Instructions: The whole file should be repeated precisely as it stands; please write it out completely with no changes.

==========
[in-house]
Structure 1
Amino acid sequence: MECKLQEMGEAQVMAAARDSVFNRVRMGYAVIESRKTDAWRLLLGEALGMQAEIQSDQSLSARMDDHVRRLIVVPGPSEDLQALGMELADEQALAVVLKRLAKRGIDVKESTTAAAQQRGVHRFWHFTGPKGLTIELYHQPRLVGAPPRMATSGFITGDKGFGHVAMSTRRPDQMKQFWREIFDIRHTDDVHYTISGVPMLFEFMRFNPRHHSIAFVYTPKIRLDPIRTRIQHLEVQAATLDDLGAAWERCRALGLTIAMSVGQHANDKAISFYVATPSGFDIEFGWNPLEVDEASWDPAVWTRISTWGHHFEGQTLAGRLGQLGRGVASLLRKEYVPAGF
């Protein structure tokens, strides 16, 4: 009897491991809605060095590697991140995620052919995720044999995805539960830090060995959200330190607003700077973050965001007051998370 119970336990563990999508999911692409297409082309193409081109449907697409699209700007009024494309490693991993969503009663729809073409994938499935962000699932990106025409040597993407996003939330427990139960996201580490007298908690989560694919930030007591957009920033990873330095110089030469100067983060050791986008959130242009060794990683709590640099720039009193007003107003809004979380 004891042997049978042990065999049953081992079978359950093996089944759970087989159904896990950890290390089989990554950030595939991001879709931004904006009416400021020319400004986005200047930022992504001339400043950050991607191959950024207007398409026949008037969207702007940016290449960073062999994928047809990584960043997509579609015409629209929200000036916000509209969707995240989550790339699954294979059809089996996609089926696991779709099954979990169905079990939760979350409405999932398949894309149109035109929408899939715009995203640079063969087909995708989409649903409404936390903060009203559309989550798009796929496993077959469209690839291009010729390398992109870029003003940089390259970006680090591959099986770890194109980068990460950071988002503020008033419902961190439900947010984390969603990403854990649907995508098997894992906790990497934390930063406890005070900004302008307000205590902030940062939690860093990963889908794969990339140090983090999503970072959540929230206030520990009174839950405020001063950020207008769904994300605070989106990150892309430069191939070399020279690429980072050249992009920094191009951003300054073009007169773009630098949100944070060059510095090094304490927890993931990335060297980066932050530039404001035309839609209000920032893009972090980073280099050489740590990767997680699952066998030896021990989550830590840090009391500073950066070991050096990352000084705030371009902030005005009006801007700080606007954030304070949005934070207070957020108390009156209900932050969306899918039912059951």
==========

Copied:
[in-house]
Structure 1
Amino acid sequence: MECKLQEMGEAQVMAAARDSVFNRVRMGYAVIESRKTDAWRLLLGEALGMQAEIQSDQSLSARMDDHVRRLIVVPGPSEDLQALGMELADEQALAVVLKRLAKRGIDVKESTTAAAQQRGVHRFWHFTGPKGLTIELYHQPRLVGAPPRMATSGFITGDKGFGHVAMSTRRPDQMKQFWREIFDIRHTDDVHYTISGVPMLFEFMRFNPRHHSIAFVYTPKIRLDPIRTRIQHLEVQAATLDDLGAAWERCRALGLTIAMSVGQHANDKAISFYVATPSGFDIEFGWNPLEVDEASWDPAVWTRISTWGHHFEGQTLAGRLGQLGRGVASLLRKEYVPAGF
């Protein structure tokens, strides 16, 4: 009897491991809605060095590697991140995620052919995720044999995805539960830090060995959200330190607003700077973050965001007051998370 119970336990563990999508999911692409297409082309193409081109449907697409699209700007009024494309490693991993969503009663729809073409994938499935962000699932990106025409040597993407996003939330427990139960996201580490007298908690989560694919930030007591957009920033990873330095110089030469100067983060050791986008959130242009060794990683709590640099720039009193007003107003809004979380 004891042997049978042990065999049953081992079978359950093996089944759970087989159904896990950890290390089989990554950030595939991001879709931004904006009416400021020319400004986005200047930022992504001339400043950050991607191959950024207007398409026949008037969207702007940016290449960073062999994928047809990584960043997509579609015409629209929200000036916000509209969707995240989550790339699954294979059809089996996609089926696991779709099954979990169905079990939760979350409405999932398949894309149109035109929408899939715009995203640079063969087909995708989409649903409404936390903060009203559309989550798009796929496993077959469209690839291009010729390398992109870029003003940089390259970006680090591959099986770890194109980068990460950071988002503020008033419902961190439900947010984390969603990403854990649907995508098997894992906790990497934390930063406890005070900004302008307000205590902030940062939690860093990963889908794969990339140090983090999503970072959540929230206030520990009174839950405020001063950020207008769904994300605070989106990150892309430069191939070399020279690429980072050249992009920094191009951003300054073009007169773009630098949100944070060059510095090094304490927890993931990335060297980066932050530039404001035309839609209000920032893009972090980073280099050489740590990767997680699952066998030896021990989550830590840090009391500073950066070991050096990352000084705030371009902030005005009006801007700080606007954030304070949005934070207070957020108390009156209900932050969306899918039912059951």